I-Team: Wake County losing child development programs after state policy changes

RALEIGH (WTVD) -- A recent decision by the state's Child Development Services Agency (CDSA) is leaving parents with fewer options to choose from to treat their toddlers with developmental disabilities.

The CDSA, a division of the Department of Health and Human Services, told several Wake County childhood therapy centers that state counselors would no longer refer parents to their programs.

Specifically, the programs being phased out are called "group services," which are classes of at least five to six children ages 18 months to 3 years with various developmental needs, as opposed to one-on-one therapy with a specialist.

In a memo obtained by the ABC11 I-Team, state officials explain that they don't consider group services to be a "natural learning environment."

The decision does not formally close those centers or end the programs offered, but advocates warn without any referrals, there are no participants to make the programs worthwhile.

Jeana Ellis, manager of Tammy Lynn Center's Early Childhood and Infant Services Division, said state agencies hold tremendous influence with families because of their ability to subsidize care.

"The families are feeling isolated," Ellis lamented to the ABC11 I-Team. "We offer a service of a safe environment where the kids can come in and get confidence in their social skills and also show the parents that the kids are capable of doing things in a social setting."

The Tammy Lynn Center (TLC) has been offering a group services program called Building Blocks for five years.

What started as a single class of five kids soon drew more than 50 kids in nine groups, including children from bilingual families. The current groups will hold their last session October 18, and it's only because these are the last children referred by CDSA and they've aged out.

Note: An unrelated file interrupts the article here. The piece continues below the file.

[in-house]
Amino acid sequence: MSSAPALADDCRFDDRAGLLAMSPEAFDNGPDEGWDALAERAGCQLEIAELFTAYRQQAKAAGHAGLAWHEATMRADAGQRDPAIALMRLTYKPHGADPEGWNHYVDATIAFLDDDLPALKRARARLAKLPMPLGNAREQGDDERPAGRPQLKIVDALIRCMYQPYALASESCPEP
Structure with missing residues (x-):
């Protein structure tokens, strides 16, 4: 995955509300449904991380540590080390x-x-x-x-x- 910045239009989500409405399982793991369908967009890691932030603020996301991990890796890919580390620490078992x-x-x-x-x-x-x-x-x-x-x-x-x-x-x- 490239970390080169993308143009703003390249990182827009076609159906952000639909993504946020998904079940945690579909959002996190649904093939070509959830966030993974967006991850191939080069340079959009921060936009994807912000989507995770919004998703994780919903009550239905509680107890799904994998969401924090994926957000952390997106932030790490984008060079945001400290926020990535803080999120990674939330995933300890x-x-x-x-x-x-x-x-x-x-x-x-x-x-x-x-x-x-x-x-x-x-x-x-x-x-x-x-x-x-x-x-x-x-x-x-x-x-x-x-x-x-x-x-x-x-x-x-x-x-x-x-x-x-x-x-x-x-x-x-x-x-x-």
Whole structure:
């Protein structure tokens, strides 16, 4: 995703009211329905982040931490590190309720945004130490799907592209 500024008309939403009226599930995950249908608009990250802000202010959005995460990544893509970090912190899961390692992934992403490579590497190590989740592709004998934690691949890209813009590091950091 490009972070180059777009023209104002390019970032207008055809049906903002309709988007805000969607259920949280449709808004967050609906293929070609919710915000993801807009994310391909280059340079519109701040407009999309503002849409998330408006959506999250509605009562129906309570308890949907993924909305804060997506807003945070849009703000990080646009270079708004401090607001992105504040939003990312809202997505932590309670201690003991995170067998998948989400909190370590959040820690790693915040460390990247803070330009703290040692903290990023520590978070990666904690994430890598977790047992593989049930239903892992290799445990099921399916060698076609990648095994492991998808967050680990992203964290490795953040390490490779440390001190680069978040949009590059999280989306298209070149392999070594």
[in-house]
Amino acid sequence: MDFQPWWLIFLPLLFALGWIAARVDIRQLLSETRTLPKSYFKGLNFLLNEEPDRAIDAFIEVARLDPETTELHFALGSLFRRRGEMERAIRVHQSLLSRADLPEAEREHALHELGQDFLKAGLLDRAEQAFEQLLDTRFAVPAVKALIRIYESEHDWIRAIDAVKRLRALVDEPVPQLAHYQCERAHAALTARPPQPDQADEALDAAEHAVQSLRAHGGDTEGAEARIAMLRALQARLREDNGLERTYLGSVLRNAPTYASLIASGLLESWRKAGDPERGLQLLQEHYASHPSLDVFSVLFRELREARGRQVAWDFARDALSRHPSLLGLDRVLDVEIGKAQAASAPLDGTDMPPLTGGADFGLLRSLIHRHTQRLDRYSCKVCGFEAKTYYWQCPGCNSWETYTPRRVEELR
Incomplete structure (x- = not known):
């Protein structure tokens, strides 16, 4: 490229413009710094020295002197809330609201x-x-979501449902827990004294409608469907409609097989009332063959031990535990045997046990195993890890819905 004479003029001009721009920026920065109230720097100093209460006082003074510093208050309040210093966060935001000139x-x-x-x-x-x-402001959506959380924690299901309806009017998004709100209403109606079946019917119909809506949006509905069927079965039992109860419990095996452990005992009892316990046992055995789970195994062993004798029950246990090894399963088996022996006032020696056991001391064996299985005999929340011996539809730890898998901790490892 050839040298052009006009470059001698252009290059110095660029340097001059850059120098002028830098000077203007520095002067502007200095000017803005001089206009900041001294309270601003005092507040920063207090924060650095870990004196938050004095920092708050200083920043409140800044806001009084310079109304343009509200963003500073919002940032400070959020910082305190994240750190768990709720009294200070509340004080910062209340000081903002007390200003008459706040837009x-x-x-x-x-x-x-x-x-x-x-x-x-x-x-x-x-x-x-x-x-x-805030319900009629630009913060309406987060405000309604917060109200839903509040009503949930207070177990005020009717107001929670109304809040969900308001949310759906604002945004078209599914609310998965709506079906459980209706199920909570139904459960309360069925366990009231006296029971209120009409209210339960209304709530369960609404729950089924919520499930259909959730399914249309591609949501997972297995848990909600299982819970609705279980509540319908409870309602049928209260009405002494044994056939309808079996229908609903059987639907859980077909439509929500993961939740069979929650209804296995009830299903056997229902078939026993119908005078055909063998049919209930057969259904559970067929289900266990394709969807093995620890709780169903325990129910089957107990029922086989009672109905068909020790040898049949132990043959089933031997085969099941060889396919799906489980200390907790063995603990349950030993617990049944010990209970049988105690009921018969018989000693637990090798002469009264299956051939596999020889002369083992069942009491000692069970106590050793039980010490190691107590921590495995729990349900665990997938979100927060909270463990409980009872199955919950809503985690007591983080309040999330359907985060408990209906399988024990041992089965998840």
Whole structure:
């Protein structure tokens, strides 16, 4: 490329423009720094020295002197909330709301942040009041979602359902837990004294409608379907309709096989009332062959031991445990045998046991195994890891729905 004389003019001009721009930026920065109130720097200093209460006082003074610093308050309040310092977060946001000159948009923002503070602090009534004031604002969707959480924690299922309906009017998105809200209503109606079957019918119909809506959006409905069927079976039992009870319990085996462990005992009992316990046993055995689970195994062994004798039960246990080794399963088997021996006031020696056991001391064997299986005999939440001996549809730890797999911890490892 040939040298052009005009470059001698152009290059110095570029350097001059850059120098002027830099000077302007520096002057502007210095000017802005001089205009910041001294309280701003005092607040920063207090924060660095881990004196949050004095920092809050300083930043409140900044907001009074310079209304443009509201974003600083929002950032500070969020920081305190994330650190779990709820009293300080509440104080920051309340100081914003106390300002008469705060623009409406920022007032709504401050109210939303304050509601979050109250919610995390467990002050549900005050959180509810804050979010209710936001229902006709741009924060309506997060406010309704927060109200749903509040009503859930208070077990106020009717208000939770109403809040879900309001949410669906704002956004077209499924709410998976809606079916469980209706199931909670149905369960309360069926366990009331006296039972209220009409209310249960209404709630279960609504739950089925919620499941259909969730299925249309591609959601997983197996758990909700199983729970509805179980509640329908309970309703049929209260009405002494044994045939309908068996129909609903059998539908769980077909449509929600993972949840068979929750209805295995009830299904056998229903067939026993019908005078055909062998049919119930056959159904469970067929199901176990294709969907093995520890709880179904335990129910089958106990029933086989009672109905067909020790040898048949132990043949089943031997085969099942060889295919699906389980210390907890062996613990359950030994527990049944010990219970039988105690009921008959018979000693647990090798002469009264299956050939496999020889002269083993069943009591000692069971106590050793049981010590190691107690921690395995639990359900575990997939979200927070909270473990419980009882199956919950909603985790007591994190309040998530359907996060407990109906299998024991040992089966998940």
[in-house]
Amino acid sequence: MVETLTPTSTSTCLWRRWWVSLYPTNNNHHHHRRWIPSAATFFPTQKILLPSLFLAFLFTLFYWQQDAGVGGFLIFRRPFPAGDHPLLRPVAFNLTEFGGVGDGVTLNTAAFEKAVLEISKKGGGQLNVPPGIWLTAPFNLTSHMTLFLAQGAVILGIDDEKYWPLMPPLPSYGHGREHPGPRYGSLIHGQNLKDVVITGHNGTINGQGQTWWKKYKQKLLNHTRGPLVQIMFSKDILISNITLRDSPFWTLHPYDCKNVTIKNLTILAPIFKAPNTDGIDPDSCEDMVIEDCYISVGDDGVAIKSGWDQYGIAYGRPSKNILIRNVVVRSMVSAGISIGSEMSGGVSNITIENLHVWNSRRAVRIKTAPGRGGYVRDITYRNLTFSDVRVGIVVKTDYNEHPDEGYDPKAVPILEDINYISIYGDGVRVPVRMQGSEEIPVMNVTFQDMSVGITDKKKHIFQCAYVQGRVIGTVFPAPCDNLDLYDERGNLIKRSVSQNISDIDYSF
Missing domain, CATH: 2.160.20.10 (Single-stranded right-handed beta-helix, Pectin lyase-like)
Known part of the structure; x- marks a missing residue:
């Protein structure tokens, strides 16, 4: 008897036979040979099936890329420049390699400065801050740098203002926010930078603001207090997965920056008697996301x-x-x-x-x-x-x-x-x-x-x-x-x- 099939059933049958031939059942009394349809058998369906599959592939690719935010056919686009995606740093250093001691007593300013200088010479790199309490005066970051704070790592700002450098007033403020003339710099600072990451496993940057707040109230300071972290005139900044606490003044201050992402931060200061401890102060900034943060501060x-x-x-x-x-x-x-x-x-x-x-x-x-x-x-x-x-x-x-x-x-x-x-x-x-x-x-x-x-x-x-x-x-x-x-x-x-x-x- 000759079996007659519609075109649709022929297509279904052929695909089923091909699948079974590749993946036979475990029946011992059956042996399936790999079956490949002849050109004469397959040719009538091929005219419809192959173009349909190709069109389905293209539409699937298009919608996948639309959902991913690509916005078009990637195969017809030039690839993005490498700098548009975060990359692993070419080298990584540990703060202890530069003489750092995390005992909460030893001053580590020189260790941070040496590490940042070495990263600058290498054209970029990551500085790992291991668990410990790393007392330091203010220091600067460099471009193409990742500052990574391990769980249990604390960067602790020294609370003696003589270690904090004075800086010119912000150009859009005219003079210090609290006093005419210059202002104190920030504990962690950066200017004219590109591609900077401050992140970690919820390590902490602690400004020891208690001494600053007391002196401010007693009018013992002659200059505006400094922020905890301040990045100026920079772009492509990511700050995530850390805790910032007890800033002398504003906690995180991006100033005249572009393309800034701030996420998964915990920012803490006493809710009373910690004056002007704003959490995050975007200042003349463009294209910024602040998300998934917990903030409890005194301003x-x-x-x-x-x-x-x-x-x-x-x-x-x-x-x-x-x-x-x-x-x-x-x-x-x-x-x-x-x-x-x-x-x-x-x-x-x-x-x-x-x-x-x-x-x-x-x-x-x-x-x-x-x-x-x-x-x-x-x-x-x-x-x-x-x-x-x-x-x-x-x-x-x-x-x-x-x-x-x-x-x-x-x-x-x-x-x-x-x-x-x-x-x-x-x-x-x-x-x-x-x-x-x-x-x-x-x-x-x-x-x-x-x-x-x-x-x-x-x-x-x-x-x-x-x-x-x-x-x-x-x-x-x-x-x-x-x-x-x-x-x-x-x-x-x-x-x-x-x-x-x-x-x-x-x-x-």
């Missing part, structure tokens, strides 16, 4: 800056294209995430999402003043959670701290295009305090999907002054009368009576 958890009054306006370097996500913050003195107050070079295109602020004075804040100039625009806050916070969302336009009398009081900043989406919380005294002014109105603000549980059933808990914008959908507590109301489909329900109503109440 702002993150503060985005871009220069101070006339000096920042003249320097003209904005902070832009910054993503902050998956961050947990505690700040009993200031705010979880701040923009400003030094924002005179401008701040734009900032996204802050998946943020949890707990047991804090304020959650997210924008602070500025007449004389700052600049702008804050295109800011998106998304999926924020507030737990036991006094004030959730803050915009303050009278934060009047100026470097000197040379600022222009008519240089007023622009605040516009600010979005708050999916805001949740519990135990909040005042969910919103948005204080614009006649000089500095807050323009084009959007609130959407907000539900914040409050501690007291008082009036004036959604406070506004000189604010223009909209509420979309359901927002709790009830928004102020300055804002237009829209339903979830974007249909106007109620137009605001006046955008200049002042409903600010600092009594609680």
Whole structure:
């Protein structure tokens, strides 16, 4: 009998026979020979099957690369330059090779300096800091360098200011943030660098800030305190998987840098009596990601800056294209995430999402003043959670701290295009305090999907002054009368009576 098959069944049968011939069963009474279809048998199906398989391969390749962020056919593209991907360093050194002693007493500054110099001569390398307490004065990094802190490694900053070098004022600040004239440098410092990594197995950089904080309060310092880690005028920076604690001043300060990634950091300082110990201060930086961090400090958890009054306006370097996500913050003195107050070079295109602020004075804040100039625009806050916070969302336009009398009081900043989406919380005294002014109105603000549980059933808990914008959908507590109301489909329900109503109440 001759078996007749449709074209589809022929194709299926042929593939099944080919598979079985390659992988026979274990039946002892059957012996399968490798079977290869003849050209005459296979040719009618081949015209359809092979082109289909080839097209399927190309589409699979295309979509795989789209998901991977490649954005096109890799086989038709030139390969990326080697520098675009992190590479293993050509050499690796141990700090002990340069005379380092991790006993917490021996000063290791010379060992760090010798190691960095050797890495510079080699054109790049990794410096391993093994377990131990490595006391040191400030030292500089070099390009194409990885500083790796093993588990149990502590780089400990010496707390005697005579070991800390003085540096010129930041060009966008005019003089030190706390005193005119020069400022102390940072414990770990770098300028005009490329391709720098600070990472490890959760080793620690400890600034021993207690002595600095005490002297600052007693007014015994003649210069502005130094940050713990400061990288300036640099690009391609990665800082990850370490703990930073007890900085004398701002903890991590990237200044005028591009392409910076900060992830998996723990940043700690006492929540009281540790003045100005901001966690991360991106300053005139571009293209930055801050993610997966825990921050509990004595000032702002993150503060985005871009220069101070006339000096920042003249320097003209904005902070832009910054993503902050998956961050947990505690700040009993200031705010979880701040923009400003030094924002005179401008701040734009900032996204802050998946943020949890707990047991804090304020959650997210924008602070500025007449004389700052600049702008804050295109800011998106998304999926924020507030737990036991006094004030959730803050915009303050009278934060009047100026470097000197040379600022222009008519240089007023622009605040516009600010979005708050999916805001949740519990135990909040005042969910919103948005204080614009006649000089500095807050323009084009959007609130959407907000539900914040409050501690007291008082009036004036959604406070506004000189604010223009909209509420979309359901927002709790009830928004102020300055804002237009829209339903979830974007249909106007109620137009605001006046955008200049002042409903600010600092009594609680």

Parents paying on their own would pay as much as $75 per two-hour session, or $600 per month for two sessions a week.

Building Blocks managers explained that a class needs at least five children to be most effective.

"We serve a variety of children that have some very special needs," Ellis added. "The families now are not given the option of what best meets their needs."

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In a memo sent last May to TLC which explained the new strategies, Jill Singer, DHHS' Early Intervention Branch Head, argued that the group services environment does not properly reflect that of a child's natural environment, like a home, daycare, or community setting where most children (and people) with no development needs live and socialize.

Plus, if family members aren't present in the group services - like they are in one-on-one therapy - they don't have the opportunity to practice shared strategies.

Singer sent a second memo in September, writing that "no evidence currently exists" showing group services are more effective than individualized therapy.

However, the CDSA may suggest group services only on a case-by-case basis and only under certain conditions, including "the child is not making progress with other evidence-based strategies" and "significant social-emotional concerns exist."

If state counselors ultimately refer the child to group services, they must provide a written report explaining why they made that decision and there is an "articulated plan that provides a plan and timeframe to transition the child to a natural learning environment.

In addition to TLC, the ABC11 I-Team found as many as four other child care centers are now unable to facilitate group services, including the Aspen Center in Cary, Capital City Speech Therapy in Raleigh, Pediatric Therapy Associates in Fuquay-Varina, and Shining Stars in Fuquay Varina.

Group services were not offered - nor suggested - in any other county in North Carolina.

"Services are supposed to be family driven," Assistant Manager of TLC's Building Blocks, Erin Garrett asserted to ABC11. "We want parents to be informed and to make their own choices. No child is a cookie cutter picture of a kid, so every child learns differently."

In as statement to ABC11 Thursday, DHHS said:

DHHS is committed to ensuring that children with special needs have access to high-quality, effective and evidence-based services consistent with the Individuals with Disabilities Education Act and recommendations from the Office of Special Education Programs.

As of July 1, DHHS' Infant Toddler Program is prioritizing referrals for other evidence-based services over group community based rehabilitation services. The program may determine, on a case-by-case basis, that group community based rehabilitation services is the most appropriate service for a child in certain circumstances.
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